In a large campus community, the rock provides students with an opportunity to come together with one shared objective: one chance to unite, beginning with a can of  spray paint.

“I think the rock is a very, very cool tradition,” Di Paolo said. “It’s also a rallying point at times. I know there have been several vigils there, (so) it’s a definite meeting place. If you say, ‘We’re going to be out by the rock,’ everybody knows where the rock is.”

Della Marie Marshall, senior associate director of the Center for Student Involvement, has worked in the department over 25 years. She is also familiar with the history and meaning behind the rock.

“I drive by it almost every day,” Marshall said. “On a good day, I do kind of glance. I’m nosy; I want to see what’s on the rock.”

The messages painted on the rock’s surface reaches a wide audience and is aimed at a wide array of topics, perhaps wider than those who have painted it would imagine.

“When you look at the rock, a lot of times it’s used to promote or market a specific event or person, depending on which group is painting it,” Marshall said.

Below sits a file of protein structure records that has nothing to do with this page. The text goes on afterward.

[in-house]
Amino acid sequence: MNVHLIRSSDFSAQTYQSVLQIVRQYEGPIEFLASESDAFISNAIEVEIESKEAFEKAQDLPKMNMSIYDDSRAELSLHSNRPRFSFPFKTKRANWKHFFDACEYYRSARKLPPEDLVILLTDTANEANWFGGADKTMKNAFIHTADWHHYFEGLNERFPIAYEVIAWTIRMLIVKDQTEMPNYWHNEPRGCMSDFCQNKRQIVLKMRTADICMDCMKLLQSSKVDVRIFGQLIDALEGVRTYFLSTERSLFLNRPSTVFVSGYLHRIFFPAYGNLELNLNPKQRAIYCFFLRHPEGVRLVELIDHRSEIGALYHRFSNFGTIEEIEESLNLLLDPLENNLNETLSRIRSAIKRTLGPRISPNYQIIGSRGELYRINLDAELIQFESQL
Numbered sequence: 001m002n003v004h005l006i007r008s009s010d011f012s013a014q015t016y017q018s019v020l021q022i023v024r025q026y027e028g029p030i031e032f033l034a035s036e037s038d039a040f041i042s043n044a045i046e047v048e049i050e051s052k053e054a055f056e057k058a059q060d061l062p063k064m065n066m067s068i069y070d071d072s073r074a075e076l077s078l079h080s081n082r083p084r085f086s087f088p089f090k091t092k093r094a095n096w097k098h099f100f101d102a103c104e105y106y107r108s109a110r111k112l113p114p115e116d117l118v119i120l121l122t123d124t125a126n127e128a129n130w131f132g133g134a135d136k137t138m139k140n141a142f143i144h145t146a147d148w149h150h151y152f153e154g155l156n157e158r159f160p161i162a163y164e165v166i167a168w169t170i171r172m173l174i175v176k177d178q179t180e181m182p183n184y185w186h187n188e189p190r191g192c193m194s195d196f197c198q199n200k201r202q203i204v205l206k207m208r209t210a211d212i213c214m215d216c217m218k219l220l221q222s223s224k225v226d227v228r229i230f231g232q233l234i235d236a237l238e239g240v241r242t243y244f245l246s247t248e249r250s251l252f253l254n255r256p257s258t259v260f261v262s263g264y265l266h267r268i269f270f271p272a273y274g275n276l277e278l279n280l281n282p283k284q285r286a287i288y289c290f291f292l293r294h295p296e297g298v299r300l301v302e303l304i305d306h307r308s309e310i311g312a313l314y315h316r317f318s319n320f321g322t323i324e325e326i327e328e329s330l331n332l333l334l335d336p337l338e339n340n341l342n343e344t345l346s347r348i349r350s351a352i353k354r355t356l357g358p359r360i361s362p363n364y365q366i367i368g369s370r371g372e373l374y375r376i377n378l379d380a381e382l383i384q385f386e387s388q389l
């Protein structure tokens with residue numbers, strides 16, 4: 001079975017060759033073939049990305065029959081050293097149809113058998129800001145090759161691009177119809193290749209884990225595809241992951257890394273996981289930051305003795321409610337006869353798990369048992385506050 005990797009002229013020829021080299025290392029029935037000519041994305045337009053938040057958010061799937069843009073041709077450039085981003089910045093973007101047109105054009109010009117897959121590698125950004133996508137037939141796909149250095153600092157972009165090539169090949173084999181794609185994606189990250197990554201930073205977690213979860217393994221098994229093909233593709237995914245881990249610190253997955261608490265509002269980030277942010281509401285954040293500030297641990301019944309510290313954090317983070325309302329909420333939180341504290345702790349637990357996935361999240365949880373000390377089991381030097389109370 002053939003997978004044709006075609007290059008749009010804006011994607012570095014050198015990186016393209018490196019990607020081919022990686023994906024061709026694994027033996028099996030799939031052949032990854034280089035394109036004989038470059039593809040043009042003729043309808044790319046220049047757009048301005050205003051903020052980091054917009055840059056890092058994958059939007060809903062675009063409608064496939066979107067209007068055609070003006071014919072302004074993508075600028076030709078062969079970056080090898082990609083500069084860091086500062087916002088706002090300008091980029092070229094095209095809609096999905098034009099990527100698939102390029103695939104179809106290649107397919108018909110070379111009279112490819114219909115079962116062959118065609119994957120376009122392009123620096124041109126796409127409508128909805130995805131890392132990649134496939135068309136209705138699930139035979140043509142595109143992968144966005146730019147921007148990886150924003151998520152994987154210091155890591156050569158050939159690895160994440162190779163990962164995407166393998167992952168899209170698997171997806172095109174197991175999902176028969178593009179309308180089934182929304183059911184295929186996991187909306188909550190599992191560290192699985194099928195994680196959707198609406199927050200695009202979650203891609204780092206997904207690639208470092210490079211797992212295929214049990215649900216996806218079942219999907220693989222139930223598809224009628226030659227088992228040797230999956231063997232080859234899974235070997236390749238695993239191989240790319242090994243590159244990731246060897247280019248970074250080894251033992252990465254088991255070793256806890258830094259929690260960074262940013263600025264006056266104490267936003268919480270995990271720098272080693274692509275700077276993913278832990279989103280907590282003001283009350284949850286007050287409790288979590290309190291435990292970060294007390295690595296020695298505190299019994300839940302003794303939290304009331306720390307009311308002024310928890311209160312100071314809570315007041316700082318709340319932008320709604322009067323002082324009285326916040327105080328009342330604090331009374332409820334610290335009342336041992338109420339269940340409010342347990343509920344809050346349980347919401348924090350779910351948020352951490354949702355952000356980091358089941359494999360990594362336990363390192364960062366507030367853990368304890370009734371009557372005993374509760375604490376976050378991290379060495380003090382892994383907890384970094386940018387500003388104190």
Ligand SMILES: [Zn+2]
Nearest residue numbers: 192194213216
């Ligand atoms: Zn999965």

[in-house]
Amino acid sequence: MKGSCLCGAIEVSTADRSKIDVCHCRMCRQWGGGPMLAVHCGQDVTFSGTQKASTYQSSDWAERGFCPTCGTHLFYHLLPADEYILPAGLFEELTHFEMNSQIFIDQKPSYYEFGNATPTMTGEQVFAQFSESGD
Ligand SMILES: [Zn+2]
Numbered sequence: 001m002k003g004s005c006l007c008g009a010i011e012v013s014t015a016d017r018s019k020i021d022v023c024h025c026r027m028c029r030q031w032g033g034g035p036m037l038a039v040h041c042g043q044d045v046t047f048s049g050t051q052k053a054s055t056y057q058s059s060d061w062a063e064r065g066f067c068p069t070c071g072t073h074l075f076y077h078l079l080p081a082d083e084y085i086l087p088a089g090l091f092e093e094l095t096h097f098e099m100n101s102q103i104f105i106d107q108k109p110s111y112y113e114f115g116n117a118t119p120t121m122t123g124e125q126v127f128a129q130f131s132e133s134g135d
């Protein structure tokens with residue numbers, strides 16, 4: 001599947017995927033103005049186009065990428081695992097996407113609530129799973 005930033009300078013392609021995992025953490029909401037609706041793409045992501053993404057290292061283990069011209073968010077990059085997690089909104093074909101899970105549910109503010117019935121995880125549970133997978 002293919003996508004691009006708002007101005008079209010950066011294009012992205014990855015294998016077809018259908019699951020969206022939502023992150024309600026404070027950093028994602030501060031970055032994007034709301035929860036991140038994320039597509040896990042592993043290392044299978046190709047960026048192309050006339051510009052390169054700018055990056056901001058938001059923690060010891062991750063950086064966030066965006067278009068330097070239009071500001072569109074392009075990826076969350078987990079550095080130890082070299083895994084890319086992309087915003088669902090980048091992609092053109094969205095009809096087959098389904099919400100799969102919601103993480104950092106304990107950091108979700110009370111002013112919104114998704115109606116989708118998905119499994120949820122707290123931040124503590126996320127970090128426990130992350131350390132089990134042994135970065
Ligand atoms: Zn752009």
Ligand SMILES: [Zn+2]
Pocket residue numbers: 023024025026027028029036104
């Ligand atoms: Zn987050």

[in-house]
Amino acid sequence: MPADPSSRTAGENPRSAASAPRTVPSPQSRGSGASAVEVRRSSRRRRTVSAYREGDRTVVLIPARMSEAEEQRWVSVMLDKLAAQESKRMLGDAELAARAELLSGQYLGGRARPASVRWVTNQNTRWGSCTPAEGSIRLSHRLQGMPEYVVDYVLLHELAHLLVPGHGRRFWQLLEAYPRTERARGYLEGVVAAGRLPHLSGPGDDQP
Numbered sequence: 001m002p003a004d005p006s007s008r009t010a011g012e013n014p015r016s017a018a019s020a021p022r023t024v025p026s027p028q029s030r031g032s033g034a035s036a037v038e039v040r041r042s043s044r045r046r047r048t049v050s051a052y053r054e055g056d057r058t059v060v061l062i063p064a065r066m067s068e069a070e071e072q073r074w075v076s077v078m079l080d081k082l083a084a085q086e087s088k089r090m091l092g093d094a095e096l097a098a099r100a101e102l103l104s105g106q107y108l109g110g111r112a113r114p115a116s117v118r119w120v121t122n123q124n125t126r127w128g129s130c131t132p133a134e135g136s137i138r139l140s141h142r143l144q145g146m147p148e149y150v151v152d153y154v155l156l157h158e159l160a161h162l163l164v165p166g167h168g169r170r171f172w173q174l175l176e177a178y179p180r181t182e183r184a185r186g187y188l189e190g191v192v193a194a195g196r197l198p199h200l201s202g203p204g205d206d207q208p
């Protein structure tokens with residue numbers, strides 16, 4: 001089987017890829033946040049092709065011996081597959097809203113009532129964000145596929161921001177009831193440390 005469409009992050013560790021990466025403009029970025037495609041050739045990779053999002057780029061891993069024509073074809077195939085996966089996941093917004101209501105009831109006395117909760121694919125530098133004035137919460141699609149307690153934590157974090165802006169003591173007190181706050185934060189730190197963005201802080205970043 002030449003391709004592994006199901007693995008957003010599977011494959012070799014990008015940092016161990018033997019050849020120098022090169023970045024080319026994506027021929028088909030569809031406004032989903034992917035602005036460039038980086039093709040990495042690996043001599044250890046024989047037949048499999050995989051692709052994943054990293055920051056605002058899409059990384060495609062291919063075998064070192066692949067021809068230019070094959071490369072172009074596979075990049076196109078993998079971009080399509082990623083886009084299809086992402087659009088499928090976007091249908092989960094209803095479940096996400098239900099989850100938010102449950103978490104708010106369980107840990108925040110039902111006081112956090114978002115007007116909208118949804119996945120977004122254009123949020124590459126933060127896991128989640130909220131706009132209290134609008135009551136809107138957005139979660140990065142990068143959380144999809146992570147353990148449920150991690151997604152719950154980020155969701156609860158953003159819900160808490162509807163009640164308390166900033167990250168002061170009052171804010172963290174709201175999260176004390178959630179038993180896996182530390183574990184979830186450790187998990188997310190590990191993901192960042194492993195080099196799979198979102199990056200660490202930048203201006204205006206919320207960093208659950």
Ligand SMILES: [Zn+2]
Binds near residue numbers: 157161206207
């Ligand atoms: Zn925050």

It can at times seem that a billboard is the rock’s only purpose, but its surface has also functioned as a more sober platform.

“When we’ve had a loss of a student, a lot of times the rock will be used in memory, which has been done frequently in the past,” Marshall said. “When there was a tax issue where students would have to pay for anything over 16 credit hours, they used the rock to voice their dissent.”

Marshall said that the the rock has been used in a variety of ways, there always seems to be a message attached to what’s been put on it surface.

“Some people have used it for political purposes,” Marshall said. “I know two years ago, when Tamir Rice was shot, people used the rock to vent their frustrations. I’ve seen it used when 9/11 (happened); People painted a patriotic flag. Around May 4, you’ll see it get painted.”

The messages put on the rock are varied and sometimes volatile. It’s easy to see why someone might want to transform the rock into their own personal picket sign or portrait. The rock is not strictly regulated by any one group or organization.

“The thing that I think is pretty incredible is that nobody regulates the rock,” Di Paolo said. “The rock is just there. It’s pretty incredible that you don’t have more offensive things painted on it. It’s not like anybody’s in charge of the rock. It’s very unique.”

For the most part, the rock is indeed a no-man’s land.

“Unless we’re requested to paint over something inappropriate, we don’t have much to do with the rock,” said Heather White, manager of the University Facility Management.

That request doesn’t even come often— only twice in the 13 years that White has been in her position.